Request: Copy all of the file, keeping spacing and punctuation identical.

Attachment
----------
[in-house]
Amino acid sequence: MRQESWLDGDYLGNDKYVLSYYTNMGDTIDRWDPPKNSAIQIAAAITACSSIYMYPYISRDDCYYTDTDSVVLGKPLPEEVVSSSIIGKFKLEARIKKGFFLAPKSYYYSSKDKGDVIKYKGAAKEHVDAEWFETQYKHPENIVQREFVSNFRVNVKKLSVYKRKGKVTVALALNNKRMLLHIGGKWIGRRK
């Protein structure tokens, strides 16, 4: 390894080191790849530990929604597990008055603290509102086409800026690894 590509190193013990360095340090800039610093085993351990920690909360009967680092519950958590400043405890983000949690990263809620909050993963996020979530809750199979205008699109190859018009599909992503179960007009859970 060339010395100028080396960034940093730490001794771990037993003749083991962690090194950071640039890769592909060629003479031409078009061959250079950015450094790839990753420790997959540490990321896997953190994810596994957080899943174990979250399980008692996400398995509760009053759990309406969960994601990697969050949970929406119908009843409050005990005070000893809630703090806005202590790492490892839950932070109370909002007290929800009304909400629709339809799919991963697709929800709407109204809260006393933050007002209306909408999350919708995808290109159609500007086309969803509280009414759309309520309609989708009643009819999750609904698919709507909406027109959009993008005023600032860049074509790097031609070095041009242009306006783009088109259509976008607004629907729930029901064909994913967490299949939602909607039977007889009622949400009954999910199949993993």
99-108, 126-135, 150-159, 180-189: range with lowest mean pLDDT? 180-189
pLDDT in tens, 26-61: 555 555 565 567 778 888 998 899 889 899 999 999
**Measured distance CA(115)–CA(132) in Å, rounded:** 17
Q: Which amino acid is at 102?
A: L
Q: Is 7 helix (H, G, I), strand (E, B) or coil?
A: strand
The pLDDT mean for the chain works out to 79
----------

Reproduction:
[in-house]
Amino acid sequence: MRQESWLDGDYLGNDKYVLSYYTNMGDTIDRWDPPKNSAIQIAAAITACSSIYMYPYISRDDCYYTDTDSVVLGKPLPEEVVSSSIIGKFKLEARIKKGFFLAPKSYYYSSKDKGDVIKYKGAAKEHVDAEWFETQYKHPENIVQREFVSNFRVNVKKLSVYKRKGKVTVALALNNKRMLLHIGGKWIGRRK
């Protein structure tokens, strides 16, 4: 390894080191790849530990929604597990008055603290509102086409800026690894 590509190193013990360095340090800039610093085993351990920690909360009967680092519950958590400043405890983000949690990263809620909050993963996020979530809750199979205008699109190859018009599909992503179960007009859970 060339010395100028080396960034940093730490001794771990037993003749083991962690090194950071640039890769592909060629003479031409078009061959250079950015450094790839990753420790997959540490990321896997953190994810596994957080899943174990979250399980008692996400398995509760009053759990309406969960994601990697969050949970929406119908009843409050005990005070000893809630703090806005202590790492490892839950932070109370909002007290929800009304909400629709339809799919991963697709929800709407109204809260006393933050007002209306909408999350919708995808290109159609500007086309969803509280009414759309309520309609989708009643009819999750609904698919709507909406027109959009993008005023600032860049074509790097031609070095041009242009306006783009088109259509976008607004629907729930029901064909994913967490299949939602909607039977007889009622949400009954999910199949993993």
99-108, 126-135, 150-159, 180-189: range with lowest mean pLDDT? 180-189
pLDDT in tens, 26-61: 555 555 565 567 778 888 998 899 889 899 999 999
**Measured distance CA(115)–CA(132) in Å, rounded:** 17
Q: Which amino acid is at 102?
A: L
Q: Is 7 helix (H, G, I), strand (E, B) or coil?
A: strand
The pLDDT mean for the chain works out to 79